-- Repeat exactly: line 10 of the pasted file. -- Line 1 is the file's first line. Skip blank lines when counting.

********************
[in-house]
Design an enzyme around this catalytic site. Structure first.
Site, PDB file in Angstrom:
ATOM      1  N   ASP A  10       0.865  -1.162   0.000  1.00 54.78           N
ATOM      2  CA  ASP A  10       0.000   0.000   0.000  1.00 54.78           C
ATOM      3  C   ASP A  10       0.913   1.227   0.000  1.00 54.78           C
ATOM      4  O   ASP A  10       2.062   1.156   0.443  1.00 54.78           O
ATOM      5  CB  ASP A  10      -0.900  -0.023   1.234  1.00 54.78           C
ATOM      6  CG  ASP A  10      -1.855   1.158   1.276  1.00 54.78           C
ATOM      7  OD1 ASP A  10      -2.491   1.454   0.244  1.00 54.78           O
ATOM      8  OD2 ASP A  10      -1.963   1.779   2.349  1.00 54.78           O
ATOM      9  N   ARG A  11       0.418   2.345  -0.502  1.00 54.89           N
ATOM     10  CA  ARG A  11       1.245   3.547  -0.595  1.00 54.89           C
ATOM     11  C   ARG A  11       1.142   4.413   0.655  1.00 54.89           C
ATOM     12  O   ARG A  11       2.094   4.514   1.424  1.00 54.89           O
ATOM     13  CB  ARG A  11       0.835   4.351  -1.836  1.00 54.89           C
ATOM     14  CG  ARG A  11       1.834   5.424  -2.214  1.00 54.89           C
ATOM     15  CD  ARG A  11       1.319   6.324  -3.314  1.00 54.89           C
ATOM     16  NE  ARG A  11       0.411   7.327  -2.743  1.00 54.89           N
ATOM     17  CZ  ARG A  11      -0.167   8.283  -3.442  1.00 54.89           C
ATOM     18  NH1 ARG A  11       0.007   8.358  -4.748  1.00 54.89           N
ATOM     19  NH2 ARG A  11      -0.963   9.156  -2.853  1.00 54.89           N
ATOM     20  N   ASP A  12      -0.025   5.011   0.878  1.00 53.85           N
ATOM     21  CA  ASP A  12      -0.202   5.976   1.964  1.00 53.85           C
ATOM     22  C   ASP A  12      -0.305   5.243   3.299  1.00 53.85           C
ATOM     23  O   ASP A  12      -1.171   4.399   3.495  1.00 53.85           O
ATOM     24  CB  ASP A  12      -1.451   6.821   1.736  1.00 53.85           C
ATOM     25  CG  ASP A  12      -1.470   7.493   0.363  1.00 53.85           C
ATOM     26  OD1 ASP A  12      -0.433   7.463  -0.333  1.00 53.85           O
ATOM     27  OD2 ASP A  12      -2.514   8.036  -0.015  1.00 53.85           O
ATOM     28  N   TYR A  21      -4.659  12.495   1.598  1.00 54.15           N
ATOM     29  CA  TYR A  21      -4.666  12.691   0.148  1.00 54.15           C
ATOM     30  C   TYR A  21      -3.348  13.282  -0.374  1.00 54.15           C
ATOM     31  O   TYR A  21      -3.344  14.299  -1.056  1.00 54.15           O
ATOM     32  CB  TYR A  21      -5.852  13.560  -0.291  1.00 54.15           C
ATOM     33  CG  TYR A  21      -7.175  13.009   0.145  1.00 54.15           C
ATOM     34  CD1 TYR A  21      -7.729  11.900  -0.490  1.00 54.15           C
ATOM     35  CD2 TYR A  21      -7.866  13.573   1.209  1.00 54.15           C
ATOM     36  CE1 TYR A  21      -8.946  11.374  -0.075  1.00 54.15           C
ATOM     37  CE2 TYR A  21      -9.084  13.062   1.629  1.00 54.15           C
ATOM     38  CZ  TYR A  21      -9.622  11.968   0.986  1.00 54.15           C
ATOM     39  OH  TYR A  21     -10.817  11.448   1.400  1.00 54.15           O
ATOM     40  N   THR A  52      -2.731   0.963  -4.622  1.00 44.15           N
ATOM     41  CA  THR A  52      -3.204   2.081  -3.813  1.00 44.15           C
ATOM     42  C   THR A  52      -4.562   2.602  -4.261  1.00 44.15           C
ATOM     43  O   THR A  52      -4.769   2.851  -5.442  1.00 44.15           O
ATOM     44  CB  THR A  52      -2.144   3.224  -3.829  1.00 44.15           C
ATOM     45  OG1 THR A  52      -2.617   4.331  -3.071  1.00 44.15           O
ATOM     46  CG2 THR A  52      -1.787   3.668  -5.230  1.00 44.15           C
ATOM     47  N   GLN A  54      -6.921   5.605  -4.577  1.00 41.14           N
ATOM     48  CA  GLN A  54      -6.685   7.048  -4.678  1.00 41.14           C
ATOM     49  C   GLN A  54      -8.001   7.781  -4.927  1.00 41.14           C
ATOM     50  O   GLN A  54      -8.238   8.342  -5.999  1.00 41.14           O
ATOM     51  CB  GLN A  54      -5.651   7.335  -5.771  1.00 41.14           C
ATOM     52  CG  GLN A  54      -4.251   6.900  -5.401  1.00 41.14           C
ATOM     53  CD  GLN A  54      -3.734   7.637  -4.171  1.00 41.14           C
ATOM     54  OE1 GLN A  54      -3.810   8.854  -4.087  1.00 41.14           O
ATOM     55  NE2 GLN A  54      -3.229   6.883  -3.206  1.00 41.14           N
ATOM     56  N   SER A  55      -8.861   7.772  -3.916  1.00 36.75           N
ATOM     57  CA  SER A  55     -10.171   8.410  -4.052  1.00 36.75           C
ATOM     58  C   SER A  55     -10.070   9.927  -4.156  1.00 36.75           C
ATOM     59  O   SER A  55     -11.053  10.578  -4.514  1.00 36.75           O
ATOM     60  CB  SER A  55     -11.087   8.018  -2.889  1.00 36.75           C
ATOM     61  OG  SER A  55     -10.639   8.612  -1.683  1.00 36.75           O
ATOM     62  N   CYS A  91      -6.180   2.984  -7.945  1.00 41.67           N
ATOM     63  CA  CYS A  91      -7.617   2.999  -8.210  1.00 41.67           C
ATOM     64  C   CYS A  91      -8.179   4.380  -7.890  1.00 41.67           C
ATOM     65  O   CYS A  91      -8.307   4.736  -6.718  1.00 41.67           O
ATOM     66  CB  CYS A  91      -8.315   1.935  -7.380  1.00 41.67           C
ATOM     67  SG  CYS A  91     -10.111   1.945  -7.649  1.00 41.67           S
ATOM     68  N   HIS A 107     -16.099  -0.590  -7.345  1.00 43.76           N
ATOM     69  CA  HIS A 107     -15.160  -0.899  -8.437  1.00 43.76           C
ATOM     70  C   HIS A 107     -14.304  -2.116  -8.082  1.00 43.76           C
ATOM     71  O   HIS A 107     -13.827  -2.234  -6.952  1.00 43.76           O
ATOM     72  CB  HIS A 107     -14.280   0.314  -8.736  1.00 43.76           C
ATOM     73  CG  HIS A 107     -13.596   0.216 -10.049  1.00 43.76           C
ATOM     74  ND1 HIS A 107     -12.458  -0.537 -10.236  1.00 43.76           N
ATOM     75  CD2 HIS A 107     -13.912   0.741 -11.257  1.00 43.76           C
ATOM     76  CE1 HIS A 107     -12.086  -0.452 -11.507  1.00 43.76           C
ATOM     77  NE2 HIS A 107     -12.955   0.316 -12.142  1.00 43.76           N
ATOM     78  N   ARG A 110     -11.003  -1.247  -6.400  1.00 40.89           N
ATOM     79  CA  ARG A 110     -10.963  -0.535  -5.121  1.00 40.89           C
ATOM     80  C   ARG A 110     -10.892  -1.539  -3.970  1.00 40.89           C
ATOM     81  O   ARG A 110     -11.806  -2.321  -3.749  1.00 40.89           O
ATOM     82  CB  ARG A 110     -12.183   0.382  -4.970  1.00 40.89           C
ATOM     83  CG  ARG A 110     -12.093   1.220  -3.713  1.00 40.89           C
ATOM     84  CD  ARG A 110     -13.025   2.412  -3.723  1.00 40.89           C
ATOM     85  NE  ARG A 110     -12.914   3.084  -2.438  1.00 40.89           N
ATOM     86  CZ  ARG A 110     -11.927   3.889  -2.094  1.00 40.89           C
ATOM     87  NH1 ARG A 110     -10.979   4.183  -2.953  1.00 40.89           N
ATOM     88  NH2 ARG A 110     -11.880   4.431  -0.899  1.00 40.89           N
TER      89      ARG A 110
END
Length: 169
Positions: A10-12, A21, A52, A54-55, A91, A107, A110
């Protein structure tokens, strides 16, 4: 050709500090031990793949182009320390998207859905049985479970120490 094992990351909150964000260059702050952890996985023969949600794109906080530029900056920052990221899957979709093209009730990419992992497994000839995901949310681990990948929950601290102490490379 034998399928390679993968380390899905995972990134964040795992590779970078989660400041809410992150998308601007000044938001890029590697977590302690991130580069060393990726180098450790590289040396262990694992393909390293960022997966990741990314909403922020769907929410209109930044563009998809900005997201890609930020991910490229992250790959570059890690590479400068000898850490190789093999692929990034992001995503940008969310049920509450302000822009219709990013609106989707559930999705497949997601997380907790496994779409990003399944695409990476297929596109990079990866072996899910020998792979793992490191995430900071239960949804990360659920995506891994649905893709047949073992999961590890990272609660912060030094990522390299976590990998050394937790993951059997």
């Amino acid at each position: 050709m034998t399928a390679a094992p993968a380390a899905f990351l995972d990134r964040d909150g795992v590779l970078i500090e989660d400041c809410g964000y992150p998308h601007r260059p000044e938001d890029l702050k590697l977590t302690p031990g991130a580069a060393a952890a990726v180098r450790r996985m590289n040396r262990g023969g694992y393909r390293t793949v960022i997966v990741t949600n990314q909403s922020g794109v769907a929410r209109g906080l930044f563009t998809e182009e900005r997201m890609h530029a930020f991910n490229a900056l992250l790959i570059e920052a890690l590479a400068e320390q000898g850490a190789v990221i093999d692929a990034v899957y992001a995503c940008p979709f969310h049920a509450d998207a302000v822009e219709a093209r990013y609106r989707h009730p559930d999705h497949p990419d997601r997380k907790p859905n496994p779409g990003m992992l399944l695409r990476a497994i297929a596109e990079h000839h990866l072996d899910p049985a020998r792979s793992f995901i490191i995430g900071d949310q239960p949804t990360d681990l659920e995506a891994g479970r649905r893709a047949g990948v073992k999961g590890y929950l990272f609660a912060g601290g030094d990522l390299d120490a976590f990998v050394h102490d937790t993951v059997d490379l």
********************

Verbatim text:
ATOM      7  OD1 ASP A  10      -2.491   1.454   0.244  1.00 54.78           O